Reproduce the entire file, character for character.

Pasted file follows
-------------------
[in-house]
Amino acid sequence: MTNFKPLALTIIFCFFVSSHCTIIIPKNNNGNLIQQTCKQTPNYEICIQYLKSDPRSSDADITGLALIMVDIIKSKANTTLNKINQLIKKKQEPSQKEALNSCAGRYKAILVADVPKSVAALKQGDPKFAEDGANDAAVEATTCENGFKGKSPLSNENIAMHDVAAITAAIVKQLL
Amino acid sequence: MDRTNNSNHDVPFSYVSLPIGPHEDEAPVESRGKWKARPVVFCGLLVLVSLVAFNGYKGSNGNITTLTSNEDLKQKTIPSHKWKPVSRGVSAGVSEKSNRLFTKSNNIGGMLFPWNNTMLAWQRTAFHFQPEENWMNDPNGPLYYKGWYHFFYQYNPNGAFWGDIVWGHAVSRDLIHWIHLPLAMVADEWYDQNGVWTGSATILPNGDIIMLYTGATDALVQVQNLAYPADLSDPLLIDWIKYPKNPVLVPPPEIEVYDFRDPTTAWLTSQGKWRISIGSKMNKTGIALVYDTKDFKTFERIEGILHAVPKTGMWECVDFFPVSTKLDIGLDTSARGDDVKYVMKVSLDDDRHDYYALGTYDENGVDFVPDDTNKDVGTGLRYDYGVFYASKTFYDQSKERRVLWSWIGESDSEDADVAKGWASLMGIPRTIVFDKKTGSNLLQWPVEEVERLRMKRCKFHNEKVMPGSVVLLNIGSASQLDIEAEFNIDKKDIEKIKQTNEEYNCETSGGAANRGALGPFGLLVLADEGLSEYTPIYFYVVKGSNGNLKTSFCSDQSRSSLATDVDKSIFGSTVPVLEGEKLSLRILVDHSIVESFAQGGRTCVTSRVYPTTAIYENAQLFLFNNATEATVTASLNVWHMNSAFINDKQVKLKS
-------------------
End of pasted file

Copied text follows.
[in-house]
Amino acid sequence: MTNFKPLALTIIFCFFVSSHCTIIIPKNNNGNLIQQTCKQTPNYEICIQYLKSDPRSSDADITGLALIMVDIIKSKANTTLNKINQLIKKKQEPSQKEALNSCAGRYKAILVADVPKSVAALKQGDPKFAEDGANDAAVEATTCENGFKGKSPLSNENIAMHDVAAITAAIVKQLL
Amino acid sequence: MDRTNNSNHDVPFSYVSLPIGPHEDEAPVESRGKWKARPVVFCGLLVLVSLVAFNGYKGSNGNITTLTSNEDLKQKTIPSHKWKPVSRGVSAGVSEKSNRLFTKSNNIGGMLFPWNNTMLAWQRTAFHFQPEENWMNDPNGPLYYKGWYHFFYQYNPNGAFWGDIVWGHAVSRDLIHWIHLPLAMVADEWYDQNGVWTGSATILPNGDIIMLYTGATDALVQVQNLAYPADLSDPLLIDWIKYPKNPVLVPPPEIEVYDFRDPTTAWLTSQGKWRISIGSKMNKTGIALVYDTKDFKTFERIEGILHAVPKTGMWECVDFFPVSTKLDIGLDTSARGDDVKYVMKVSLDDDRHDYYALGTYDENGVDFVPDDTNKDVGTGLRYDYGVFYASKTFYDQSKERRVLWSWIGESDSEDADVAKGWASLMGIPRTIVFDKKTGSNLLQWPVEEVERLRMKRCKFHNEKVMPGSVVLLNIGSASQLDIEAEFNIDKKDIEKIKQTNEEYNCETSGGAANRGALGPFGLLVLADEGLSEYTPIYFYVVKGSNGNLKTSFCSDQSRSSLATDVDKSIFGSTVPVLEGEKLSLRILVDHSIVESFAQGGRTCVTSRVYPTTAIYENAQLFLFNNATEATVTASLNVWHMNSAFINDKQVKLKS